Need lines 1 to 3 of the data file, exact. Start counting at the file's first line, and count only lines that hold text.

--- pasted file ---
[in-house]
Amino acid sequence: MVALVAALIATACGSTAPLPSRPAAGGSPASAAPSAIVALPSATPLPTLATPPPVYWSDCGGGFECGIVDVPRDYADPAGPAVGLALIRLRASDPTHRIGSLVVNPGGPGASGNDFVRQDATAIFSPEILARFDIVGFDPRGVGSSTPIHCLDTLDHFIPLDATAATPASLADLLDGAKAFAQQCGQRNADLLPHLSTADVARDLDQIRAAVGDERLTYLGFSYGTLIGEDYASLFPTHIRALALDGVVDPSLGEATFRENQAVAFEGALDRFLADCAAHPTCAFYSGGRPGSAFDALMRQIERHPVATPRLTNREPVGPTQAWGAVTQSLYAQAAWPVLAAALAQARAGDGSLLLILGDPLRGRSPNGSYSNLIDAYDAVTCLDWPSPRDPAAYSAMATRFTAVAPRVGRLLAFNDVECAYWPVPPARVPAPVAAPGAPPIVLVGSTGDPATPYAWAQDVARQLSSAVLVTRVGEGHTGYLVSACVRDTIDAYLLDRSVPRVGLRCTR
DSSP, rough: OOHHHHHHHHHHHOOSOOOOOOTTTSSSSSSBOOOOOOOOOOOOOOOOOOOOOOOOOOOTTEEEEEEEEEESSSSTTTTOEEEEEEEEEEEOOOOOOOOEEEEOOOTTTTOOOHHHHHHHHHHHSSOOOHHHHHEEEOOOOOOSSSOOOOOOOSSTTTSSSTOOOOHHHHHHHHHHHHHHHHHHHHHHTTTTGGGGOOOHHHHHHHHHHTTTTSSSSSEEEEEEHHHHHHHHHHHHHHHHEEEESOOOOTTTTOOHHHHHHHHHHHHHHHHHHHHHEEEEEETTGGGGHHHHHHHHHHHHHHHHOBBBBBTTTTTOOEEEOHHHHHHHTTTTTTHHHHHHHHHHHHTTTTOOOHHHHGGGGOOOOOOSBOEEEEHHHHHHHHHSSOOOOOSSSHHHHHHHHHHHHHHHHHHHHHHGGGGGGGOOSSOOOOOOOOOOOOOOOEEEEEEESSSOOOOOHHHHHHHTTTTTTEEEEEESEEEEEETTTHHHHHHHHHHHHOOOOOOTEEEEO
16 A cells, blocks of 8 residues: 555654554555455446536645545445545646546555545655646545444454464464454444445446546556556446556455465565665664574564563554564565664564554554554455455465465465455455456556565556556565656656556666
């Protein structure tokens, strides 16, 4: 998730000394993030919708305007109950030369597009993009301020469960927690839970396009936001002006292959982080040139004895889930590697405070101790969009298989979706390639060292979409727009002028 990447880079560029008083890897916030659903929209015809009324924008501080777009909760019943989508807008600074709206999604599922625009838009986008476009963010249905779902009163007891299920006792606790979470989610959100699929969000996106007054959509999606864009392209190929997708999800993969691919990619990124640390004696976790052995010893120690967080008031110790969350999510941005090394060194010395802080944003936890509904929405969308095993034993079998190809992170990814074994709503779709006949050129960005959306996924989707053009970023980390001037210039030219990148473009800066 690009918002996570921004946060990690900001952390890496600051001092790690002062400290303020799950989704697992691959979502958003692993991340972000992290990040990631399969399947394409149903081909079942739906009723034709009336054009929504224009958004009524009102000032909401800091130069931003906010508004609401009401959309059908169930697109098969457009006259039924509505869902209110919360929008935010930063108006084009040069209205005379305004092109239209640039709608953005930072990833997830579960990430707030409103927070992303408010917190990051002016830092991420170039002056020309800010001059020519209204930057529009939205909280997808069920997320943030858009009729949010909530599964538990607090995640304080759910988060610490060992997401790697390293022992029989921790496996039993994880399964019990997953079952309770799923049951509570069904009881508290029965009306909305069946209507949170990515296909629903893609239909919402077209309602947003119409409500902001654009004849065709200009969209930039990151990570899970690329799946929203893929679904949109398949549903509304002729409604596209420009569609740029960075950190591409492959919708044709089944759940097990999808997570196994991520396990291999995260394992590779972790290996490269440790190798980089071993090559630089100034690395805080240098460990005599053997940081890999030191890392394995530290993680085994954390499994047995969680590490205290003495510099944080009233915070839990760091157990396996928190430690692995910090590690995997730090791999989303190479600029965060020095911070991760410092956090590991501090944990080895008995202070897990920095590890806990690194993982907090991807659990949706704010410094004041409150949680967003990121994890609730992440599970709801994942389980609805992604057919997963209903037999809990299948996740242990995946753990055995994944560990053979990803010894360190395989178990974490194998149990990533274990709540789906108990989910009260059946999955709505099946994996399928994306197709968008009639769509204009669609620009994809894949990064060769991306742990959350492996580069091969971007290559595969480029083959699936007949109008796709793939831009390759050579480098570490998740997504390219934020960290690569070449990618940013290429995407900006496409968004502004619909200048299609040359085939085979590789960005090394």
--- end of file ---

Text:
[in-house]
Amino acid sequence: MVALVAALIATACGSTAPLPSRPAAGGSPASAAPSAIVALPSATPLPTLATPPPVYWSDCGGGFECGIVDVPRDYADPAGPAVGLALIRLRASDPTHRIGSLVVNPGGPGASGNDFVRQDATAIFSPEILARFDIVGFDPRGVGSSTPIHCLDTLDHFIPLDATAATPASLADLLDGAKAFAQQCGQRNADLLPHLSTADVARDLDQIRAAVGDERLTYLGFSYGTLIGEDYASLFPTHIRALALDGVVDPSLGEATFRENQAVAFEGALDRFLADCAAHPTCAFYSGGRPGSAFDALMRQIERHPVATPRLTNREPVGPTQAWGAVTQSLYAQAAWPVLAAALAQARAGDGSLLLILGDPLRGRSPNGSYSNLIDAYDAVTCLDWPSPRDPAAYSAMATRFTAVAPRVGRLLAFNDVECAYWPVPPARVPAPVAAPGAPPIVLVGSTGDPATPYAWAQDVARQLSSAVLVTRVGEGHTGYLVSACVRDTIDAYLLDRSVPRVGLRCTR
DSSP, rough: OOHHHHHHHHHHHOOSOOOOOOTTTSSSSSSBOOOOOOOOOOOOOOOOOOOOOOOOOOOTTEEEEEEEEEESSSSTTTTOEEEEEEEEEEEOOOOOOOOEEEEOOOTTTTOOOHHHHHHHHHHHSSOOOHHHHHEEEOOOOOOSSSOOOOOOOSSTTTSSSTOOOOHHHHHHHHHHHHHHHHHHHHHHTTTTGGGGOOOHHHHHHHHHHTTTTSSSSSEEEEEEHHHHHHHHHHHHHHHHEEEESOOOOTTTTOOHHHHHHHHHHHHHHHHHHHHHEEEEEETTGGGGHHHHHHHHHHHHHHHHOBBBBBTTTTTOOEEEOHHHHHHHTTTTTTHHHHHHHHHHHHTTTTOOOHHHHGGGGOOOOOOSBOEEEEHHHHHHHHHSSOOOOOSSSHHHHHHHHHHHHHHHHHHHHHHGGGGGGGOOSSOOOOOOOOOOOOOOOEEEEEEESSSOOOOOHHHHHHHTTTTTTEEEEEESEEEEEETTTHHHHHHHHHHHHOOOOOOTEEEEO